Fifty years ago, Americans looked into deep space and saw it as place worth planting a flag. The space race galvanized the country, igniting a nationalistic fervor to beat the Russians to the moon that captured the imaginations of adults and children alike.
But that all seems so retrograde now. Buffeted by rising costs and waning public interest, we humans largely have left the stars to satellites, robots and Hollywood scriptwriters.
There hasn’t been a manned mission beyond low-Earth orbit since the final Apollo moon landing in 1972. NASA’s last manned U.S. mission anywhere happened way back in 2011, when the Obama administration scrapped the space shuttle program. Since then, astronauts have been hitching rides to the International Space Station aboard Russian spacecraft.
That’s not an “America first” philosophy.
Perhaps, then, it’s merely a sign of these resurgent nationalistic times that talk of sending people into deep space is once again in vogue. Or maybe it’s a sudden desire of wealthy Silicon Valley entrepreneurs to escape a planet that, once again, seems too consumed with feuding and tribalism and navel-gazing over borders.
Either way, a renewed space race – this one shaping up between multinational corporations and governments – is an exciting distraction and could do a lot to sow unity around the world through the common language of science.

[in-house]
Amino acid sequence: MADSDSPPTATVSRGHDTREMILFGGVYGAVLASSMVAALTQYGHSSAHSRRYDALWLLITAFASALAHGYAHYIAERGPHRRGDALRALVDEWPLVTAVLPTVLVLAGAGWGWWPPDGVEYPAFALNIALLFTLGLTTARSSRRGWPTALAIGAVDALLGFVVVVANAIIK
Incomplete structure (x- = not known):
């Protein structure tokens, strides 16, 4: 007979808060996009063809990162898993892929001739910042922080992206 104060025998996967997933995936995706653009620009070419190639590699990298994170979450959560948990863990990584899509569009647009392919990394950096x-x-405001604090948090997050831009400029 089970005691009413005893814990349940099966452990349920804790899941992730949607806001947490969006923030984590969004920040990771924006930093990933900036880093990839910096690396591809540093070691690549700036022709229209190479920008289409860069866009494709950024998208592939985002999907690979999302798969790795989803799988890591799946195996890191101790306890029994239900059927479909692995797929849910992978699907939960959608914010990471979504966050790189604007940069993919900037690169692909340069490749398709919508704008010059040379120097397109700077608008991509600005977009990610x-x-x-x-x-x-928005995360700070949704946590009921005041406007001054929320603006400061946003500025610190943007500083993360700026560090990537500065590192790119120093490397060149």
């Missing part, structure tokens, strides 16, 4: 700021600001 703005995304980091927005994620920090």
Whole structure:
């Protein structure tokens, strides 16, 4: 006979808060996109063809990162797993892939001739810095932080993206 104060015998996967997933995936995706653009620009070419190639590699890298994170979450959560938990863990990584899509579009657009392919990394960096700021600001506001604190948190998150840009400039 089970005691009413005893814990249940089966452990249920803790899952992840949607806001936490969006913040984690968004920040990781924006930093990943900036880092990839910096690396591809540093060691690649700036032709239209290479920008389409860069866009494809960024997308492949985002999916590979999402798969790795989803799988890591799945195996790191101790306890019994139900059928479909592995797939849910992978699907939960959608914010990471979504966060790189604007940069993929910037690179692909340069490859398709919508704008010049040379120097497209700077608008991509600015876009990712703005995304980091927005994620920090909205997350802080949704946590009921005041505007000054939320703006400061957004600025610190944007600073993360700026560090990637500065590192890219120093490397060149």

President Donald Trump’s administration has been pushing NASA to accelerate the timeline of a trip around the moon, long planned for 2021. A rocket, dubbed the Space Launch System, and a capsule, Orion, would carry astronauts around the moon. The U.S., Trump said in his inaugural address, is “ready to unlock the mysteries of space.”
In that, he has a like-minded ally in Elon Musk, the California entrepreneur who is determined to launch a manned mission to colonize Mars in the coming years to ensure that humans become an interplanetary species.
In the meantime, Musk said Monday, his company SpaceX has taken on a high-stakes side project: ferrying two wealthy tourists to the moon and back. The weeklong journey, which could happen next year, would take the unidentified pair past the lunar surface and outward before the spacecraft surrenders to the pull of gravity and heads back to Earth.
All told, the trip would cover between 300,000 and 400,000 miles. And because we all know that, in space, no one can hear you scream, there are certainly risks.
Until SpaceX, only the Russian government has agreed to bring tourists to space – seven of them who have paid tens of millions of dollars to fly on Soyuz rockets to the International Space Station. The trip around the moon would be much farther.
Musk says the two would-be space tourists are “coming into this with their eyes open.” But so far, the spacecraft that would carry them – SpaceX’s Dragon 2 capsule and Falcon Heavy rocket – are years behind schedule and haven’t even flown yet. Still, in classic, swaggering space race fashion, Musk isn’t too worried.
“This should be a really exciting mission,” he told The Associated Press, “that hopefully gets the world really excited about sending people into deep space again.”
Indeed, it’s time America set its sights a little higher.